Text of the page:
Ending the ‘silence’
Youngstown State University sophomore Tim Bortner admits that he was bullied throughout high school; the experience was a silent struggle.
The silence stops here for YSUnity. The organization is preparing for its fourth annual Day of Silence on Friday.
The Day of Silence is a national youth movement to bring awareness to the silence that the lesbian, gay, bisexual and transgender community members face each day.
At YSU, participants will paint The Rock at 8 a.m. YSUnity will also have an information table set up from 9 a.m. to 3 p.m. A candlelight vigil will take place at 3:30 p.m.
“I hope that we come across as groups of individuals trying to peacefully protest the bullying so many kids nationwide are struggling with,” said Lisa Ronquillo, YSUnity’s president-elect.
According to the 2009 Gay, Lesbian and Straight Education Network National School Climate Survey, 84.6 percent of LGBT students were verbally harassed, while 40.1 percent had been physically harassed.
More than 70 percent of students said they heard homophobic remarks, such as “faggot” or “dyke,” according to the 2009 GLSEN survey.
“We can’t have this anymore,” Ronquillo said. “No one should ever … feel that tortured and that bullied that there is no light at the end of the tunnel and no way to go on with life.”
Ronquillo, a nontraditional student and lesbian, said she moved to the area from New Jersey, looking for an active and open group to join.
She said she’s dated boys, but was confused emotionally.
“I tried to date the gay out. I went to 15 years of Catholic school, and I didn’t want it. But I never got to that level where I fell in love. I didn’t feel butterflies with a boy like other girls around me did,” Ronquillo said. “When I finally started to just accept myself, that’s when I started to feel the butterflies, and that was the best feeling in the world.”
“I met [members of] YSUnity, and they were there waving their rainbow flags. It was like a beacon of light,” she said.
Ronquillo said she hopes to end the nonsense and ignorance at YSU.
“I want people to realize it’s time that we start looking at each other as people and not just, ‘You’re gay, you’re weird, you’re emo’ … whatever,” she said. “Underneath it all, you’re a person.”
Bortner said it’s frustrating when people try to get the silenced members to talk during the silent protest.
“You deal with a lot of ignorance with it,” he said.
Ronquillo said she is conservative about public displays of affection with her girlfriend. She said the judgment she feels from the student body causes her to feel more reserved.
“A lot of us haven’t evolved yet from the stereotypes, and I’ve noticed a chance with myself,” she said. “I feel a lot more clammed up here.”
Not every member is like this, though. Current YSUnity President Ken Holt and his boyfriend, Tom, hold hands publicly.
In one instance, Holt said he was criticized on campus for his public affection. He now feels that he has to look over his shoulder when he and his boyfriend are together on campus.
When incidents like Holt’s transpire, Bortner and Ronquillo agree the Day of Silence has yet to accomplish its goal of ridding ignorance.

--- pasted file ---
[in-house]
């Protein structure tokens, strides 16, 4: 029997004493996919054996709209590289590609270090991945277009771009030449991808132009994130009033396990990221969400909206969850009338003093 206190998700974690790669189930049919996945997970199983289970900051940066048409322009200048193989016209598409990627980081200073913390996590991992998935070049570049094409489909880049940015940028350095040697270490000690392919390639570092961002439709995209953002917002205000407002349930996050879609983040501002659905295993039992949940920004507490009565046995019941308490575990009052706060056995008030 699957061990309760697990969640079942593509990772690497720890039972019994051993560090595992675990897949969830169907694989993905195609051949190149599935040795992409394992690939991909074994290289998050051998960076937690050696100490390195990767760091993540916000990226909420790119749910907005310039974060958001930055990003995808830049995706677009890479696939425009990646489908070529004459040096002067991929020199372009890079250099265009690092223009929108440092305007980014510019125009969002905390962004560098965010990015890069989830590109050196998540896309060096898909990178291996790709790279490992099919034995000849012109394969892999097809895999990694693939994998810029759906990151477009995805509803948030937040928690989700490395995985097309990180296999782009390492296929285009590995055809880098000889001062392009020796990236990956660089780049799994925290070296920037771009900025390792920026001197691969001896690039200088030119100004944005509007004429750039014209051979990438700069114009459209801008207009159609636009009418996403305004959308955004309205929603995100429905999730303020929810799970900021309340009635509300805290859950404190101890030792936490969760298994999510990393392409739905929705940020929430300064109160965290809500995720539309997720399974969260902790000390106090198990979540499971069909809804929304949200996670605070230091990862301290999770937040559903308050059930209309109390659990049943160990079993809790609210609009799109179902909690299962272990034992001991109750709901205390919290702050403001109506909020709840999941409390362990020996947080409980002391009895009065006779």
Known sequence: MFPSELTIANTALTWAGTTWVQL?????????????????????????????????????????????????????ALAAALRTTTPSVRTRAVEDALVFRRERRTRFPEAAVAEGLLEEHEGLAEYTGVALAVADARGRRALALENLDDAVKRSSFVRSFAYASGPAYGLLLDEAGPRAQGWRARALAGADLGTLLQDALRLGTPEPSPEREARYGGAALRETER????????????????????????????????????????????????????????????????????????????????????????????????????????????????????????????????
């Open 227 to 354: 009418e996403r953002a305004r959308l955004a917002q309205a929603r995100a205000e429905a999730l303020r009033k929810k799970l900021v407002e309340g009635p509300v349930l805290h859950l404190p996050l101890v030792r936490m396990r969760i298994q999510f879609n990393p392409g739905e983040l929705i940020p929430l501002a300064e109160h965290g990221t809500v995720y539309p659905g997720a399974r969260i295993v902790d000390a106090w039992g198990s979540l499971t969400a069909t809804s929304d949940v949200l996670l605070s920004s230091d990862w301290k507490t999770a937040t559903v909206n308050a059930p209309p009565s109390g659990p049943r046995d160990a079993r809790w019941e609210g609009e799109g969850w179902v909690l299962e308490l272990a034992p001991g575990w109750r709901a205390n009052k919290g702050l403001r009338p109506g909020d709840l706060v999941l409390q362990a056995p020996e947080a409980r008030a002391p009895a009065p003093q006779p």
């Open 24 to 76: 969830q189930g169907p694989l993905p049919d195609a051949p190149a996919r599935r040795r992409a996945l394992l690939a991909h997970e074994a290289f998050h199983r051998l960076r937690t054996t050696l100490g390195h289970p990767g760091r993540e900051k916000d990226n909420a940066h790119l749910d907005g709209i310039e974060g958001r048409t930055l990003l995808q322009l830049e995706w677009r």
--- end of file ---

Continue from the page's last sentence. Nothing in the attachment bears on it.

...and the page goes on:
“I don’t think everyone cares, but that doesn’t mean we should stop doing it, Bortner said. “Eventually, someday, it may catch on.”
Bortner said that even though he told students and his professors, he decided to be silent last year because they still looked at him differently. He said it often feels like he’s still in high school.
YSU student Kevin Grischow said he would agree if LGBT members said he was judgmental.
“It is different than high school. I try not to judge them, but I do,” he said.
Senior Shamara Martin said she is more tolerant.
“I mean, to each their own,” she said. “Whatever makes them happy.”
However, junior Sam Hogan said it is presumptuous to assume that everyone is judging them.
“I wish that we would just get along,” Hogan said. “Why do we have to keep labeling our differences?”
Student Chris Nutter said a way should exist to integrate different orientations to be tolerant of one other.
“Maybe some straight people want to be tolerant but don’t know how to and are afraid of socially offending a person,” Nutter said.
Ronquillo said she remains motivated throughout the adversity.
“I am all about being the change you want to see. You can’t shove it in people’s faces and force them to understand, but you can have people adapt to knowing we’re just like you,” she said. “We’re normal. I hate the word ‘normal,’ but we love just the way you guys love. We’re not here to hurt anyone.”
YSUnity adviser Brian Wells said he could relate to the members’ concerns. He was the president of YSUnity when he was an undergraduate student and said he came out to himself but waited another three years before he could summon the courage to come out publicly.
Wells said that while he would like to participate in the Day of Silence, he has classes to teach. He encourages non-participants to at least honor the day.
Bortner and Ronquillo said it’s sad that members of the LGBT community still have to fight for human rights.
“Oh, because we’re only half human? I laugh about it because it’s so ignorant, and it makes me tired,” Ronquillo said.
Wells said that although LGBT culture is now integrated into society, people forget that it is still a problem.